BFRB Awareness Week: The Wondrous Fidget

by Andrew Conrad MA, PLPC

What’s in a fidget? A fidget is an object manipulated with hands and fingers to provide relief for someone who is fidgety. It’s soothing. It provides something to focus on. It’s grounding. Individuals with a BFRB (body-focused repetitive behavior) use them as a go-to strategy to keep their hands occupied, but fidgets are more commonly known to be helpful for those with developmental and sensory disorders. Fidgets have even been touted as saviours for kids challenged in classrooms to sit still, pay attention, or adhere to behavior standards. 

Using a fidget is considered a kinesthetic-tactile activity, where a person is using body movement and connecting with the awareness of the sensory experience. Research has shown that those individuals with a BFRB are more likely to have a higher sensitivity to touch. Additionally, it is believed there is a deficit in feed-forward inhibition (the sensory inputs in the brain and body remain open longer). This may lead to a more intense and prolonged excitation of the sense of touch, making it difficult to ignore BFRB urges and sensations that lead to the repetitive behaviors. Enter the fidget: that little thing that might (sort of) satisfy that need.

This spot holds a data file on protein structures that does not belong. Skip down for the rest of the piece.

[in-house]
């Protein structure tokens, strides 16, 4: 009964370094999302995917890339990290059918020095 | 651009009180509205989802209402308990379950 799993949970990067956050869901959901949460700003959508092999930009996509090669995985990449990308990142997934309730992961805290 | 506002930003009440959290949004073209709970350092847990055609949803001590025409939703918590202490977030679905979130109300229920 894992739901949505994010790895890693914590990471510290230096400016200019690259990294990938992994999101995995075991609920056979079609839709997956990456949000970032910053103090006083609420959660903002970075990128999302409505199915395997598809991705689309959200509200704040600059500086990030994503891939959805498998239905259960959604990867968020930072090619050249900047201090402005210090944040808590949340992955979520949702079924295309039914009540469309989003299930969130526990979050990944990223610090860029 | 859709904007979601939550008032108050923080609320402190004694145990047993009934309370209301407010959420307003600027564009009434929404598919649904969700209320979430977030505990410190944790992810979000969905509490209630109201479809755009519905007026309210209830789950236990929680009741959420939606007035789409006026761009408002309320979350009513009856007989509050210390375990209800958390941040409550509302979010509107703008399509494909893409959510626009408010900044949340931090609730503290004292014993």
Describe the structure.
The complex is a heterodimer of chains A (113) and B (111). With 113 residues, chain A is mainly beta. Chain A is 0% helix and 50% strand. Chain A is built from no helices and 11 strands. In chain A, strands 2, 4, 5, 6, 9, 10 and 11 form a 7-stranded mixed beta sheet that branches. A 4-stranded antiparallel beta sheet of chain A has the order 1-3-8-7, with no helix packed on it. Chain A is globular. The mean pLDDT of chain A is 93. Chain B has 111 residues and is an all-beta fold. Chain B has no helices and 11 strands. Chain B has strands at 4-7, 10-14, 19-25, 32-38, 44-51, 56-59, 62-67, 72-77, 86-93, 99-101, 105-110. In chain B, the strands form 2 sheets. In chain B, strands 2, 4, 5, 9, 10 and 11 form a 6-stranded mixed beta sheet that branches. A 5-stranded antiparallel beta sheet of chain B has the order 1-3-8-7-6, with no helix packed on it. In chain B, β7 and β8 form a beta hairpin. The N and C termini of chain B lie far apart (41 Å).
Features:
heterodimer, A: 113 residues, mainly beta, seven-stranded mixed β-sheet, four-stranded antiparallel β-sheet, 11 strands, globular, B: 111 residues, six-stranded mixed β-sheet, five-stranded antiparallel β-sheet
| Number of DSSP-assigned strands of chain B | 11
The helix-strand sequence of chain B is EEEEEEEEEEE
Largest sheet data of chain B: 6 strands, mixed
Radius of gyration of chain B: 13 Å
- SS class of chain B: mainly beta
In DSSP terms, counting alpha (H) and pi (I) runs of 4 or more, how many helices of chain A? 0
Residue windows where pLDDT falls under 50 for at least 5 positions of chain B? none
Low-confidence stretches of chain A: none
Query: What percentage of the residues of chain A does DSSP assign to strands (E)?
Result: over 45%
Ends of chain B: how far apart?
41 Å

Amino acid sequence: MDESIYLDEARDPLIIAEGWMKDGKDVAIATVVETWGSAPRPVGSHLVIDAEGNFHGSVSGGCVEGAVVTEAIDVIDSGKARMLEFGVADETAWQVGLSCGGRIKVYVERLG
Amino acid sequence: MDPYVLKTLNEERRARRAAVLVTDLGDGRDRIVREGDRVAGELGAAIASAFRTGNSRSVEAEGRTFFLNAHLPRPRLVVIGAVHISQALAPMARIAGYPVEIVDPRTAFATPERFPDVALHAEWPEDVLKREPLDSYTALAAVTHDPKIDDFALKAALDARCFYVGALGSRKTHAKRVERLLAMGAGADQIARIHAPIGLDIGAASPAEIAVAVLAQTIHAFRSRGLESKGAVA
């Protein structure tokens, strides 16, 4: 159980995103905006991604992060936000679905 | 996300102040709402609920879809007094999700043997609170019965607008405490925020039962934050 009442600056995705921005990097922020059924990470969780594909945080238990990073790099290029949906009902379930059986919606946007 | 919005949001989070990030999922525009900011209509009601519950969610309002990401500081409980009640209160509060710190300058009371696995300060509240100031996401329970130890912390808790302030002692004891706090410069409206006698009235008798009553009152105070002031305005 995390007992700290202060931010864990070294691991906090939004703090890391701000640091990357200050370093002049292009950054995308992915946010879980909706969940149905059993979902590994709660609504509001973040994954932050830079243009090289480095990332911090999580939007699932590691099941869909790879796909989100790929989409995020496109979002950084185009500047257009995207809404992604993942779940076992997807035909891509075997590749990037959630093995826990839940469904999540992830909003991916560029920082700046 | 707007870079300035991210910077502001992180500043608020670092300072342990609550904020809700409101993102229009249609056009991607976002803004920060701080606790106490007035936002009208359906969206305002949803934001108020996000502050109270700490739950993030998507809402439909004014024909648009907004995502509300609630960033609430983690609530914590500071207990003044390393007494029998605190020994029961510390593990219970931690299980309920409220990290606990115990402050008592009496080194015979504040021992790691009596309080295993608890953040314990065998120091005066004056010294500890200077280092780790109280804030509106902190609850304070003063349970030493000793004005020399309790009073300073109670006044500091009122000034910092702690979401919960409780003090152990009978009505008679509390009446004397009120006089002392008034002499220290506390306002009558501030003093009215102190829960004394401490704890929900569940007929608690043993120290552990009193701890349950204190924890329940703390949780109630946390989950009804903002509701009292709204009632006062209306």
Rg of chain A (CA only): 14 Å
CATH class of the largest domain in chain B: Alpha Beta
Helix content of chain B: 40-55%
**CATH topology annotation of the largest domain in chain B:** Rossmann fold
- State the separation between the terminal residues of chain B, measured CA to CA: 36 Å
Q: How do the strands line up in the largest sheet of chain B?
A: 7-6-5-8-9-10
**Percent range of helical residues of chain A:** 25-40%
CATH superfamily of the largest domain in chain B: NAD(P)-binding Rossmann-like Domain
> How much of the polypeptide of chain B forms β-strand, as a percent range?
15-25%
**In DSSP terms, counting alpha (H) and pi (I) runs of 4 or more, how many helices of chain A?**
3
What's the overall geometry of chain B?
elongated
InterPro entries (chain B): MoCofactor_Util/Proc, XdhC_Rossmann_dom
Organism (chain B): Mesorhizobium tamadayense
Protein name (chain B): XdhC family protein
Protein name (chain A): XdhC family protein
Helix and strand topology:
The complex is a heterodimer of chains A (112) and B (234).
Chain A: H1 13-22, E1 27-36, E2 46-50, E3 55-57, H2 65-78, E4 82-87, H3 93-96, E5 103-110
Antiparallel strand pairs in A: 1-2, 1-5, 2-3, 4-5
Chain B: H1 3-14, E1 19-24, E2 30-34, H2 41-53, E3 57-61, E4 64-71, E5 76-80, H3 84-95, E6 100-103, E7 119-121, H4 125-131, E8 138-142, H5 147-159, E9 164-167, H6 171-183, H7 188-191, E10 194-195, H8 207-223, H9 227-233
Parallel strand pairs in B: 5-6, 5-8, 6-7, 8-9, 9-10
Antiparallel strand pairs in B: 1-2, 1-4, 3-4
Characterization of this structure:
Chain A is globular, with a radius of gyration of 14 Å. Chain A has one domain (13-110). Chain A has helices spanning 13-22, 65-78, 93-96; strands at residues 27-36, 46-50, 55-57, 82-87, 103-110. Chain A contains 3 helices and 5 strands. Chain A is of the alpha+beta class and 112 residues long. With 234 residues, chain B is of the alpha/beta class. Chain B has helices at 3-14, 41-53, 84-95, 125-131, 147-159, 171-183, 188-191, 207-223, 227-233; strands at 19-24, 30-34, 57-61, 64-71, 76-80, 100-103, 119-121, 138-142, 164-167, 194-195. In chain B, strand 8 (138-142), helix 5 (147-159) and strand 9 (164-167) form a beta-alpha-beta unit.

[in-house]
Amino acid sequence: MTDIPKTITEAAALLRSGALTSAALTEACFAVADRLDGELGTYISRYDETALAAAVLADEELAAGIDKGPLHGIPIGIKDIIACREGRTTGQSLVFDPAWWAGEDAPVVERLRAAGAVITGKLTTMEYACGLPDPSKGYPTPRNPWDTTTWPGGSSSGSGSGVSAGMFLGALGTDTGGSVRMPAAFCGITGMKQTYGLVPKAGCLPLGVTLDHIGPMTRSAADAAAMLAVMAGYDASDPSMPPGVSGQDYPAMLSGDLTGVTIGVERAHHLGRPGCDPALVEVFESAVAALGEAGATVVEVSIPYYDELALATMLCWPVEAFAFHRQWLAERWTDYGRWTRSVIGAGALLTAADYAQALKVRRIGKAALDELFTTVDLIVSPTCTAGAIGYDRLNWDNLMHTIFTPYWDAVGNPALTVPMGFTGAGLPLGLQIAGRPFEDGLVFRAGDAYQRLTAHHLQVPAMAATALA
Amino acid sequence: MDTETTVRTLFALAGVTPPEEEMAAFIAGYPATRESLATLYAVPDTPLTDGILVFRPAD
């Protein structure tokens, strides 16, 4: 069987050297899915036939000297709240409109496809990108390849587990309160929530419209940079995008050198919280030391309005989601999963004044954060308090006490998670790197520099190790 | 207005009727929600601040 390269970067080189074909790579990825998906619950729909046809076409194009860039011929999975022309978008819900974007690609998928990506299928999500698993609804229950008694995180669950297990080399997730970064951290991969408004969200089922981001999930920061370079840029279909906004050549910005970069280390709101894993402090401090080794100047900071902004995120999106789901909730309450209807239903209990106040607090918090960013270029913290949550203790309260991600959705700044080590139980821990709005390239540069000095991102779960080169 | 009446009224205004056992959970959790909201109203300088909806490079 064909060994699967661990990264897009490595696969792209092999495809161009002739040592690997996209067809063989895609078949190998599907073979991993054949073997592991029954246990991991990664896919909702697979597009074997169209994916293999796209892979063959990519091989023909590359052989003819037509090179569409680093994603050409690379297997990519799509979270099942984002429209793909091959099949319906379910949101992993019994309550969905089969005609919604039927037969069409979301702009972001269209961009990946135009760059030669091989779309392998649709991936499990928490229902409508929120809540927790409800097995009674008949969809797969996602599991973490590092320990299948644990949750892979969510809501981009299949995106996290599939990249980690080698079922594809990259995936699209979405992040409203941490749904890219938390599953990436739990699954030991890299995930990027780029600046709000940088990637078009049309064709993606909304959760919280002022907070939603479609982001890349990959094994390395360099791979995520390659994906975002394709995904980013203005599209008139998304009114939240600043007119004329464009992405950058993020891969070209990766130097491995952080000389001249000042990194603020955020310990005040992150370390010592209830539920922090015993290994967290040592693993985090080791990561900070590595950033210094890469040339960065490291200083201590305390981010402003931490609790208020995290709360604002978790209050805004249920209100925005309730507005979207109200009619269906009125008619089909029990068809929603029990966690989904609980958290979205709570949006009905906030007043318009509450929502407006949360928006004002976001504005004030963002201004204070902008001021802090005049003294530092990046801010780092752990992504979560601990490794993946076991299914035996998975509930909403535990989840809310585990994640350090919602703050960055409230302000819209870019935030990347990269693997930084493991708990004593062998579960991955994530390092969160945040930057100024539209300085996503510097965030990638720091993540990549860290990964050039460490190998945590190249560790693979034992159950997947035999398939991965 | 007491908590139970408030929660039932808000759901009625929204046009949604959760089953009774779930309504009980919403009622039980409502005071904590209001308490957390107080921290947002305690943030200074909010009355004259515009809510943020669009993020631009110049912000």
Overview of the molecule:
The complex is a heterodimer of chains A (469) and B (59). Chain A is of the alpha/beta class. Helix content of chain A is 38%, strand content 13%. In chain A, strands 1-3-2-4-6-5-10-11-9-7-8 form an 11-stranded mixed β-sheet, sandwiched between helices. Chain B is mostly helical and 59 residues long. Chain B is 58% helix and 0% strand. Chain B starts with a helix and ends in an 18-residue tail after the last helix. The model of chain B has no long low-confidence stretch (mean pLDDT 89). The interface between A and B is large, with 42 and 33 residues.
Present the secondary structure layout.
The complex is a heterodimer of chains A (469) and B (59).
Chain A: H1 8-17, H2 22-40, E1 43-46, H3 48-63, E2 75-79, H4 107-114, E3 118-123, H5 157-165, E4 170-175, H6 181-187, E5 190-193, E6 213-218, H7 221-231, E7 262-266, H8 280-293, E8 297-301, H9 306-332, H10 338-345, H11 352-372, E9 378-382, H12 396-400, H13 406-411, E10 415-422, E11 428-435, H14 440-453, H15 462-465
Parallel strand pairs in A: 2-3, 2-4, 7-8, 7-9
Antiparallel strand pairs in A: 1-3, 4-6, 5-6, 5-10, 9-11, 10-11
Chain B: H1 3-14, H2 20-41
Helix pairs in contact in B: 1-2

Fidgets can come in the form of smooth stones, brushes, stress balls, fidget spinners and cubes, Velcro, bracelets, putty, and more. A fidget may help someone delay their BFRB, also known as “urge surfing.” And it may provide some gratification in mimicking hair pulling or skin picking. But, a person with a BFRB urge (not always a conscious one) does not get the same satisfaction or quelling effect from a fidget. Still, a fidget can provide some much-needed comfort and calm.

The fidget is a powerful device and its effectiveness relies on each person’s ability to strike a balance between awareness of vulnerable environments and stressors, knowledge of warning signs in the body, space for difficult emotions, and self-compassion. Not an easy task! Let’s all do our best to be understanding and supportive of each person meeting the challenges of a BFRB.

If you or a loved one is feeling challenged by a BFRB, please don’t hesitate to check out the group at To become a group member or for more information, please contact Dr. Laura Chackes at

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